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How dost thou reconcile these two texts of scripture? Why," said the Quaker," Solomon don't say so?" To which Mr. Bull replied," Aye, but he doth;" and turning to the places, he soon convinced him. On which the Quaker, being much out of countenance, said, "why then Solomon's a fool;" which ended the controversy.
Mr. Ball was a most diligent pastor, and adhered scrúpulously to all the prescriptions of the church; and though in his preaching he made but little use of notes, which was owing to the singular strength of his memory, and the clearness of his judgment, yet he never wandered into any mystical or enthusiastic flight. His discourses, though frequently doctrinal, and oftentimes profound, were in general plain and earnest exhortations to the practice of the Christian duties, as the only satisfactory evidence of righteousness. He was not content with the discharge of his public duty as a parish priest, but he attended with equal assiduity to the temporal necessities of his people. He had not the least tincture of covetousness in his temper; hospitable he was to all his neighbours, and they never wanted relief who were known to him to stand in need of it. When he visited any poor sick family, his prayers and alms went together. He would send largely to poor housekeepers in the time of their distress, when they were visited with sickness, or had sustained any great loss. But the widows and orphans of Clergymen who were unprovided for, were the constant objects of his care and concern: he usually gave liberally himself, and was very active in procuring charities from the gentry on such occasions, and his character was such, that his solicitations for charitable purposes were never in vain. One particular method of his in doing good, was in keeping poor children at school of the advantages attending religious education he was deeply sensible; and this made him particularly attentive to the children of the poor, many of whom at the last day will arise and call him blessed.
The only amusement he indulged in, besides that of cheerful conversation, was in his books. "His study," says the excellent writer of his Life, was the scene of his most exquisite pleasure; and he would freely own with great assurance, that he tasted the most refined satisfaction in the pursuit of knowledge that the present state of human nature was capable of; and that when his thoughts were lively, and lucky in his compositions, he
found no reason to envy the most voluptuous epicure. In 1669 he printed that excellent work his Apostolical Harmony, or two dissertations concerning the doctrine of St. James on Justification, and a reconciliation between the sentiments of that apostle and those of St. Paul on that important subject. This work, which is in Latin, was dedicated to his friend and patron Bishop Nicholson, who had greatly encouraged him in the composition of it. Mr. Bull's aim herein was to settle the much agitated question of Justification by Faith or Works, which had produced the fiercest dissensions among Divines both at home and abroad. Though he leans more to the Arminian side than to the Calvinistic, he yet prudently avoids the extremes to which many partizans of the former scheme had carried their definitions and conditions. The grand object of his first dissertation is to shew, "That good works, which proceed from faith, and are joined with faith, are a necessary condition required from us by God, to the end that by the new and evangelical covenant obtained by and sealed in the blood of Christ the mediator of it, we may be justified according to his free and unmerited grace. Thus it is evident, that though he holds that good works are a condition, yet, against both Papists and Pelagians, he renounces all plea of merit in those works. Of this great and evangelical principle, the second dissertation was no more than an elaborate illustration of defence. This performance attracted considerable notice, and was attacked by several writers, as well in as out of the church of England. The controversy lasted a long time, and was managed by some of Mr. Bull's opponents, particularly by Dr. Tully, with considerable ability and asperity. However, our author replied, and perhaps few impartial and competent readers will scruple to allow, that the advantage lay materially, if not wholly, on his side. At least thus much is certain, that in consequence of the publication of the Harmony, and the dispute attending it, the high Calvinistic doctrines went rapidly down, and a more liberal and scriptural view of the doctrine of Man's Acceptance with God prevailed. In 1678, Mr. Bull's great merit recommended him to the patronage of the lord chancellor Finch, afterwards Earl of Nottingham, who bestowed upon him a prebend in the cathedral of Glouces-,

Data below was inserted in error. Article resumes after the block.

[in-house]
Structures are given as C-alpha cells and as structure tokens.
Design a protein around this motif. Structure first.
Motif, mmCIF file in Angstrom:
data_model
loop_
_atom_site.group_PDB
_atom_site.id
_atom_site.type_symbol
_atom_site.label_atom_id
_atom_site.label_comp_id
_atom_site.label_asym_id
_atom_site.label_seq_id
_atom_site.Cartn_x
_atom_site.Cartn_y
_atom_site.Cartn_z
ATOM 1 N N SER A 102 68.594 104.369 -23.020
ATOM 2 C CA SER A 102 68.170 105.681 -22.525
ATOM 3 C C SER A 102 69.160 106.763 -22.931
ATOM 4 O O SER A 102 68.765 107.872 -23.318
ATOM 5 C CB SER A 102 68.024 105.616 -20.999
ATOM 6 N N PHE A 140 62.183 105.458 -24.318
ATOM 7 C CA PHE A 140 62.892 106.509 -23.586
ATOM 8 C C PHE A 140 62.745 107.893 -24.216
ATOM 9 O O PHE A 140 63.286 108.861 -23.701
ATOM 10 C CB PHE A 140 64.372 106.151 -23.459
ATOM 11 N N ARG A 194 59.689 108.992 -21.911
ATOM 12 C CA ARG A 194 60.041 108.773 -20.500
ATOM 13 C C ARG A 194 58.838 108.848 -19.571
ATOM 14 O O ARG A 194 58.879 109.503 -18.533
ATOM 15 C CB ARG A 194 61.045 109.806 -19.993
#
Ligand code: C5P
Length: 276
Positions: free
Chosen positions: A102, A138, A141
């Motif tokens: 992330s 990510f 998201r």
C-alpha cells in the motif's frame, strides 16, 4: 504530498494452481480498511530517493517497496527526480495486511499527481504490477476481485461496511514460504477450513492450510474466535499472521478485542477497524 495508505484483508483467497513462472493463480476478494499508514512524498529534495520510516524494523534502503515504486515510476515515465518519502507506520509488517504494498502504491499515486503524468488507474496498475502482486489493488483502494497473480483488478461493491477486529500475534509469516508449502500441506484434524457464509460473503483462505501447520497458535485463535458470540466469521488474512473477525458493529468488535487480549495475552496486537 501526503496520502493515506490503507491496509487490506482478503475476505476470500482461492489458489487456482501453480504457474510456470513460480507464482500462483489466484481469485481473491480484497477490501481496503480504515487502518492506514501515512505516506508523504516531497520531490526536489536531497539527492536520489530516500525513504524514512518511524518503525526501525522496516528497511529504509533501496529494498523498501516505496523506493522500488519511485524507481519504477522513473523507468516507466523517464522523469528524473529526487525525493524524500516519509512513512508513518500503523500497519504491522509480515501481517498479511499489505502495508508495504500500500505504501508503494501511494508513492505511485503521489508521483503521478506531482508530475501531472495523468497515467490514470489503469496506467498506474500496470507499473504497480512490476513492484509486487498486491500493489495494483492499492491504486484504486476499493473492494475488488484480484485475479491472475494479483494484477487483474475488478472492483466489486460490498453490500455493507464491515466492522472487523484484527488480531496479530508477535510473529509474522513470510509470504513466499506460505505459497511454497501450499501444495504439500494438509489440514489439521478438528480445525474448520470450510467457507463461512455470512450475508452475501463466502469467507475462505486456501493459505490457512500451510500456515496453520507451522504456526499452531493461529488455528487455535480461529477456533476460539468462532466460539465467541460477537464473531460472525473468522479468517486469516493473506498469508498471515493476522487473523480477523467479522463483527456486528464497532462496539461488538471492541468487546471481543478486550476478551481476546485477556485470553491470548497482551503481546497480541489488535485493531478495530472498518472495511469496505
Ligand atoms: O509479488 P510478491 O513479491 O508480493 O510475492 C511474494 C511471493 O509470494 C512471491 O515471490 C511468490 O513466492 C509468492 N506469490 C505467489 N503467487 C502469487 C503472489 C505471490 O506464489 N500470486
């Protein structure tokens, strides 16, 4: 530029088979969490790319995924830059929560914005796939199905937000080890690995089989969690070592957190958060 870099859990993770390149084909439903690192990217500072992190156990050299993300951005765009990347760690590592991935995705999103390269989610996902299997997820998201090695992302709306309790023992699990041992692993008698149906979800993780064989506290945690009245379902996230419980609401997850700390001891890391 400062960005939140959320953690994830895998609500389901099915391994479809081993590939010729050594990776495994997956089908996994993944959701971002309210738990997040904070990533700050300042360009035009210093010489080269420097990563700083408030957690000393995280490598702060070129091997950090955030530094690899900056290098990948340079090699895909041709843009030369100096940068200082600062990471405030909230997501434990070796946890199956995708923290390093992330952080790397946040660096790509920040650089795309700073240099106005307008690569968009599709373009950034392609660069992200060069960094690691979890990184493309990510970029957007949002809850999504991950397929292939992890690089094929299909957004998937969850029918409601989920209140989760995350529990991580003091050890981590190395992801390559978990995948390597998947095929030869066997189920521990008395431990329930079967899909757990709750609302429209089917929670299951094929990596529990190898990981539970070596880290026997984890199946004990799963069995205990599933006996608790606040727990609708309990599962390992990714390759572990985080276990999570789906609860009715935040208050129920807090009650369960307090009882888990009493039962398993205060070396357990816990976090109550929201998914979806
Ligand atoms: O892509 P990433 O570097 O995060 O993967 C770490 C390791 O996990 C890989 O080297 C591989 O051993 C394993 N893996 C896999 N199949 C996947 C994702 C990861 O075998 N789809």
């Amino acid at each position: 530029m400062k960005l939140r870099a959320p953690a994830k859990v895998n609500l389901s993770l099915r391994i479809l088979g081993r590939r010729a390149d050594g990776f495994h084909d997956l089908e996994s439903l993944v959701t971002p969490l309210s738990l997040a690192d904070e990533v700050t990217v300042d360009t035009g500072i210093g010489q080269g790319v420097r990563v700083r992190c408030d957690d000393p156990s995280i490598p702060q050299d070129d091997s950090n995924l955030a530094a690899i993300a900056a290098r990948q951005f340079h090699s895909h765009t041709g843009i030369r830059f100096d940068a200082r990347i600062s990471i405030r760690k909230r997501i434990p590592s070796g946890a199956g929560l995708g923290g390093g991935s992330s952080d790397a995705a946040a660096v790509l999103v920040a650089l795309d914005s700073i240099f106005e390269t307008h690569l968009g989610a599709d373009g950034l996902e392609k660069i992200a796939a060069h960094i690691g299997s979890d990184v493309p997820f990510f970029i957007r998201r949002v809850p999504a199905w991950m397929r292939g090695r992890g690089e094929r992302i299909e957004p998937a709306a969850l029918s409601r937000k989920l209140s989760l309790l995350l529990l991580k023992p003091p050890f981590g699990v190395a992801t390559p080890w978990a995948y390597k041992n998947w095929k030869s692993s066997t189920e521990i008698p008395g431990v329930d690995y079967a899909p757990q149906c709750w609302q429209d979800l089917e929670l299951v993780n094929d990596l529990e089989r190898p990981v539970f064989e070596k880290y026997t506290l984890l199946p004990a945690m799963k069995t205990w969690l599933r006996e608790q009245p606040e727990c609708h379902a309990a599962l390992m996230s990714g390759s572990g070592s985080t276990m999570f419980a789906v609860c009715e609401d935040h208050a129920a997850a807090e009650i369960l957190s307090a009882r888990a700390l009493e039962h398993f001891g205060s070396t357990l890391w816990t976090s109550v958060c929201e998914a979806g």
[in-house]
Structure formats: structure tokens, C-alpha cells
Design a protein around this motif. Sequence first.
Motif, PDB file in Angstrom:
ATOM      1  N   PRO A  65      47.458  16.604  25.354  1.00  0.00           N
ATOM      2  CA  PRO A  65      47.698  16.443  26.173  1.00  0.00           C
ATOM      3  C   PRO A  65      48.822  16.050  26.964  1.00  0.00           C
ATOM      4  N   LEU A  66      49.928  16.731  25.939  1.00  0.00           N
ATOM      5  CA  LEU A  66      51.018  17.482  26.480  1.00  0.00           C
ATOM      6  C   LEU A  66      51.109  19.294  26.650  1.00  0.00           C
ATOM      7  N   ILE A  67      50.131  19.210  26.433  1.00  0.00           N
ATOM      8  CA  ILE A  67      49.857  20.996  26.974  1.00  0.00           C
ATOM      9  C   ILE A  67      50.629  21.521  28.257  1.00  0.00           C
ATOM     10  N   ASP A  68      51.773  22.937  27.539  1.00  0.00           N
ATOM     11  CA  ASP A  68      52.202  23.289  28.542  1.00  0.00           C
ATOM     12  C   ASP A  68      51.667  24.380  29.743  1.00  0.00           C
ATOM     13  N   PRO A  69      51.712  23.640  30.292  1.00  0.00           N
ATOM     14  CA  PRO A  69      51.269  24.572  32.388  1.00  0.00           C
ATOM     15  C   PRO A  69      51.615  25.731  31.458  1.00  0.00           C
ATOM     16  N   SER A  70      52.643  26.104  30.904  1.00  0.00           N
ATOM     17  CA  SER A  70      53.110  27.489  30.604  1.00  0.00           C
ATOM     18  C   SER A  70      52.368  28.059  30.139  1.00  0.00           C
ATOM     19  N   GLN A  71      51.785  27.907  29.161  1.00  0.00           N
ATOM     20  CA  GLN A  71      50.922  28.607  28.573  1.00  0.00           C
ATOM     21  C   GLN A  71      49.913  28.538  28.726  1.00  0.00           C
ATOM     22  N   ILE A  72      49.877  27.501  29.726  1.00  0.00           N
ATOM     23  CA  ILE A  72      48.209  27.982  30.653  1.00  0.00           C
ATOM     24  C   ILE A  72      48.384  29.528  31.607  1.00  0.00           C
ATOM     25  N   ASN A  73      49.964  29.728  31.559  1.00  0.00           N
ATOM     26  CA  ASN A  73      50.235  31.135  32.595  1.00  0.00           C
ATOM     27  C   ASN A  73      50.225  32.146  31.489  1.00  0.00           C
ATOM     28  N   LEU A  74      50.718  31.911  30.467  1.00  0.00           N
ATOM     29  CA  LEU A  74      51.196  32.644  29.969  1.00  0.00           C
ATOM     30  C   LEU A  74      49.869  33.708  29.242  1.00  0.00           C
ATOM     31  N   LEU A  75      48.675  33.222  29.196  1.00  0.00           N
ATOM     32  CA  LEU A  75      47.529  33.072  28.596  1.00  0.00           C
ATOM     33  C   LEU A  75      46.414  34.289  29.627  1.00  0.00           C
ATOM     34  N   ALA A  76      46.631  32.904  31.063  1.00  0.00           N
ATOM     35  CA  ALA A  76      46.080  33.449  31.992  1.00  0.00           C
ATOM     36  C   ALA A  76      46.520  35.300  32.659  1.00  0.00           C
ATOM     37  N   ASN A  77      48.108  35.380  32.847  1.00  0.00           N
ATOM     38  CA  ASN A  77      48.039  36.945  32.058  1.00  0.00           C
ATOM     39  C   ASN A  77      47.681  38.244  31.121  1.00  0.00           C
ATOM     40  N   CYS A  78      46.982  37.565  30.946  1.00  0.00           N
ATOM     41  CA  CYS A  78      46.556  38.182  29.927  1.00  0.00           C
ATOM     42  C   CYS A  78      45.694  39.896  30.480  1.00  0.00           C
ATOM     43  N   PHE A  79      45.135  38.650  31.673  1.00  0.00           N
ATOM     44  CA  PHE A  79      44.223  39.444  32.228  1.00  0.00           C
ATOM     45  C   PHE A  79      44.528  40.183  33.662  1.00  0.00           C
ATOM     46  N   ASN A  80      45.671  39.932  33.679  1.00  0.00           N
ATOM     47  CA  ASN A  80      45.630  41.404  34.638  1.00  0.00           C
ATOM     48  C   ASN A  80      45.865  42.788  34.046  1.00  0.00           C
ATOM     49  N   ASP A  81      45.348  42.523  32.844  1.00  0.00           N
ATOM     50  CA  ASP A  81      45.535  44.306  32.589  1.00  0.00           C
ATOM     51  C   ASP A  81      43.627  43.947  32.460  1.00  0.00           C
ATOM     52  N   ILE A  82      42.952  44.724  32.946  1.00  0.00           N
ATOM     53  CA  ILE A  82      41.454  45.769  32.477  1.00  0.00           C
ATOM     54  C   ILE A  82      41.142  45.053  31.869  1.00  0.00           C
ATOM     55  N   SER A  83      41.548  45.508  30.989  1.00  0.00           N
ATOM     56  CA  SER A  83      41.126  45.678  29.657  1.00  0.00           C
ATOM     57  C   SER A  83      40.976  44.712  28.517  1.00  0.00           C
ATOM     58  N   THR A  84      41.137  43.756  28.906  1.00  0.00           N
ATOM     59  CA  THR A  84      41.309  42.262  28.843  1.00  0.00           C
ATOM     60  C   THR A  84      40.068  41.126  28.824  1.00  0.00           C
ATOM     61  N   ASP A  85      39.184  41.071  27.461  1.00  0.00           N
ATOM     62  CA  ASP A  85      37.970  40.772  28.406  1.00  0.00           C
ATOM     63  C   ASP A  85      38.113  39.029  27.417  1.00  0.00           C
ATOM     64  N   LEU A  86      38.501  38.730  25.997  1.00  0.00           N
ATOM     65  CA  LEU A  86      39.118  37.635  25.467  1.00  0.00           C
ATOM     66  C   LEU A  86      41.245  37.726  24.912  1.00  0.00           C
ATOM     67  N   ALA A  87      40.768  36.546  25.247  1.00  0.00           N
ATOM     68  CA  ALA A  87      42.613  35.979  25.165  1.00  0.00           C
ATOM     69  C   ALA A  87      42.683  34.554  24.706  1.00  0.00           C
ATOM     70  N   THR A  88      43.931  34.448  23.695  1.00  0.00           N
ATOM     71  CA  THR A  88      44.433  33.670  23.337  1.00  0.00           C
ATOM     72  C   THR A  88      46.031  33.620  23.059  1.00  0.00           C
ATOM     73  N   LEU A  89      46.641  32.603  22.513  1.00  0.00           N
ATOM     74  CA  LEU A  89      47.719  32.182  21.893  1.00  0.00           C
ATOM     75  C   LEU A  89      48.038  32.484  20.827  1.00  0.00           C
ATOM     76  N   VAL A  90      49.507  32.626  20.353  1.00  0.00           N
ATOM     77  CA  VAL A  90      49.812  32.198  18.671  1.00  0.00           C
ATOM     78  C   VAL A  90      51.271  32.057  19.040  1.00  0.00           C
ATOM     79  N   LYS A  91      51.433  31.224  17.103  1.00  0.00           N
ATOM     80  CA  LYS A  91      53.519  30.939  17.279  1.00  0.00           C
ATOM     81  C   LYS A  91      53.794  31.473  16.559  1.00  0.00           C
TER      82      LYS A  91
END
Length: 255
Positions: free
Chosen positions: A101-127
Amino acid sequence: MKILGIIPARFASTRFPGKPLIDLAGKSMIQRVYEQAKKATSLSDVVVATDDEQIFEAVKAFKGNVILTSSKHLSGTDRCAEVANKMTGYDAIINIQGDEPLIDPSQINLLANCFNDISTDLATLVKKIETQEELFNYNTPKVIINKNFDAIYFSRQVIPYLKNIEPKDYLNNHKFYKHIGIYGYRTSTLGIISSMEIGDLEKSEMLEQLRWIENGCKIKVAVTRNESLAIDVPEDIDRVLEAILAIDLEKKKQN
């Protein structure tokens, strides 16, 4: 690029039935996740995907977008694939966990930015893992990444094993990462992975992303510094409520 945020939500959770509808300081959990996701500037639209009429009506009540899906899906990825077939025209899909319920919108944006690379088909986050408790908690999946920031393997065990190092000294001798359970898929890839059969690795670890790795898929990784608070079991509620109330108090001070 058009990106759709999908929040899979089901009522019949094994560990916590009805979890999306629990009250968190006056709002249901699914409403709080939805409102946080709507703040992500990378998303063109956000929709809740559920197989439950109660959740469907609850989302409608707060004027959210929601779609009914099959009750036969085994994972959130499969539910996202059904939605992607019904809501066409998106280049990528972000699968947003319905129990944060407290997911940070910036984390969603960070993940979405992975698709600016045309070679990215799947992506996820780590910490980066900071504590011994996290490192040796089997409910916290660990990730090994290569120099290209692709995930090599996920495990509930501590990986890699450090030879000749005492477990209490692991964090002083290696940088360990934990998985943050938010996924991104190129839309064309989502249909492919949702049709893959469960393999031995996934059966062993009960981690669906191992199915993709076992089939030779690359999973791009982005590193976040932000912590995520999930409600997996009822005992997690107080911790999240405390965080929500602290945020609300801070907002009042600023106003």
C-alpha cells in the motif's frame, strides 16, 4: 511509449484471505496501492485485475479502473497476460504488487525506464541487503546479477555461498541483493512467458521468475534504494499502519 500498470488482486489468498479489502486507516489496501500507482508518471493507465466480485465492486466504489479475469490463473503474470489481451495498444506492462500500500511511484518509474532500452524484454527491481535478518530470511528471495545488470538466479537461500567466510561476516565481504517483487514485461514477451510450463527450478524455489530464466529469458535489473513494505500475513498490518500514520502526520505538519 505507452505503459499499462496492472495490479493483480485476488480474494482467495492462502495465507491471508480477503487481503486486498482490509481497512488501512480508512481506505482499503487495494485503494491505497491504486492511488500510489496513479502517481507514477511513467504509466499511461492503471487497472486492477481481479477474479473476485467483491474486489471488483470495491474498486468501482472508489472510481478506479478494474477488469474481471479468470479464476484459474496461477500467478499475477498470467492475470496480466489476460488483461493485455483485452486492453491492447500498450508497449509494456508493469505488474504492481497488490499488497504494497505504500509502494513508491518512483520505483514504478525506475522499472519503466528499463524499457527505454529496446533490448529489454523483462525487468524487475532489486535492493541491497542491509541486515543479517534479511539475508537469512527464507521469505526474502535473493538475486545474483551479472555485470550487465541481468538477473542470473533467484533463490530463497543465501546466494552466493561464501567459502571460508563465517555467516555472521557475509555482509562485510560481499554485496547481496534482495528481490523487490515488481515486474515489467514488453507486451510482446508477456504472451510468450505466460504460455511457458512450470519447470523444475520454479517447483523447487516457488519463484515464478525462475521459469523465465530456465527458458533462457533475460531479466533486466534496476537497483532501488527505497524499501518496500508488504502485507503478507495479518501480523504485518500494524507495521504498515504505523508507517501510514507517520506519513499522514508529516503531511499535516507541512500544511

In 1685, our divine published the greatest of his works, his Defensio Fidei Nicena, concerning which he